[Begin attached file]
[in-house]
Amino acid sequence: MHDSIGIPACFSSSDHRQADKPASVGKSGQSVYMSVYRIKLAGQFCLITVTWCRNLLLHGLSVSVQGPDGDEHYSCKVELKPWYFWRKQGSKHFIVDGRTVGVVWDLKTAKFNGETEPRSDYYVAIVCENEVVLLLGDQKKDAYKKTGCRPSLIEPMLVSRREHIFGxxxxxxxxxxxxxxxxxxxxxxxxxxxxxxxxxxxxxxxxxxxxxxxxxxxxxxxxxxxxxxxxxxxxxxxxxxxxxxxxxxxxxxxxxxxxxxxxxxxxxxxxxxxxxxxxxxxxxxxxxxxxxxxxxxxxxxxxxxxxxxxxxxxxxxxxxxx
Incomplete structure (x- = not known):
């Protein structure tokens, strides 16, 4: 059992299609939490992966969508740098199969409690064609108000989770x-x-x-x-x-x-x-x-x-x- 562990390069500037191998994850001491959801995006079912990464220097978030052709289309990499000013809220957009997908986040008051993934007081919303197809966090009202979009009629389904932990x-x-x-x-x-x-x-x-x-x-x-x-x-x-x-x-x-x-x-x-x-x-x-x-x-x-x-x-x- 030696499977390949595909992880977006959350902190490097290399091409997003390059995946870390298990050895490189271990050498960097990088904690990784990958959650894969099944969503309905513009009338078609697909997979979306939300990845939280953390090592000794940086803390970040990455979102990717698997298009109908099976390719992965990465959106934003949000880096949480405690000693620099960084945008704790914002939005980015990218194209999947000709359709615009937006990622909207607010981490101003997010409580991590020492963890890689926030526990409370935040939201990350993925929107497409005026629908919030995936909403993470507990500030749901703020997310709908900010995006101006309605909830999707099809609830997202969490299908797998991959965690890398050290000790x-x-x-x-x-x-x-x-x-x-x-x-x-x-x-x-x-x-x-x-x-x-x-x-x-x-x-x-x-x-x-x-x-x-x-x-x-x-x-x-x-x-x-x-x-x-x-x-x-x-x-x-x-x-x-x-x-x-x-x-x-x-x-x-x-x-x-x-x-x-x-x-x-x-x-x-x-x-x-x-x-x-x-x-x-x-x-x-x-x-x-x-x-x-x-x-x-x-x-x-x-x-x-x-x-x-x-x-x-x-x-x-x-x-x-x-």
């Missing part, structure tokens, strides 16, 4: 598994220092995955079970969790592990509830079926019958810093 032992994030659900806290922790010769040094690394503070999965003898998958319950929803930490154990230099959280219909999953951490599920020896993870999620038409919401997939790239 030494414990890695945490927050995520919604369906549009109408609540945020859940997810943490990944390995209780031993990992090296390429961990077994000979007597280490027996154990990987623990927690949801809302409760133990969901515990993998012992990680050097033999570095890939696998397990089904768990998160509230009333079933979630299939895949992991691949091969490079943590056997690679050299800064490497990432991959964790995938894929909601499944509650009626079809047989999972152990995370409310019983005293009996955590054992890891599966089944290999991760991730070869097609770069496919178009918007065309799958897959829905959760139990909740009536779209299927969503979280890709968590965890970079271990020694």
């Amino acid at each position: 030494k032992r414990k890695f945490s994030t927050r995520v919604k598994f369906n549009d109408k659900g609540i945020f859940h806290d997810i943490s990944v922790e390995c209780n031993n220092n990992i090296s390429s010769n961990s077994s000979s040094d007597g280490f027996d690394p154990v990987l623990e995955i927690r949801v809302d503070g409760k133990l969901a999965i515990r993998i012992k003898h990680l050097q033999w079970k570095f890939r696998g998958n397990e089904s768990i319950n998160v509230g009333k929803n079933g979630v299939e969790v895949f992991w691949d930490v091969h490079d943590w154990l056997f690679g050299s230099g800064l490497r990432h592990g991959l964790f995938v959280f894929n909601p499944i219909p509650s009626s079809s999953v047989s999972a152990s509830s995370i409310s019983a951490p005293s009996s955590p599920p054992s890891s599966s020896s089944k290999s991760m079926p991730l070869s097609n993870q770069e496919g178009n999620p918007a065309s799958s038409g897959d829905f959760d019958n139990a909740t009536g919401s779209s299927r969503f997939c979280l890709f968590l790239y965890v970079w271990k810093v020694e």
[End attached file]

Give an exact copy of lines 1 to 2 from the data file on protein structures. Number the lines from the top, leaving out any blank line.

[in-house]
Amino acid sequence: MHDSIGIPACFSSSDHRQADKPASVGKSGQSVYMSVYRIKLAGQFCLITVTWCRNLLLHGLSVSVQGPDGDEHYSCKVELKPWYFWRKQGSKHFIVDGRTVGVVWDLKTAKFNGETEPRSDYYVAIVCENEVVLLLGDQKKDAYKKTGCRPSLIEPMLVSRREHIFGxxxxxxxxxxxxxxxxxxxxxxxxxxxxxxxxxxxxxxxxxxxxxxxxxxxxxxxxxxxxxxxxxxxxxxxxxxxxxxxxxxxxxxxxxxxxxxxxxxxxxxxxxxxxxxxxxxxxxxxxxxxxxxxxxxxxxxxxxxxxxxxxxxxxxxxxxxx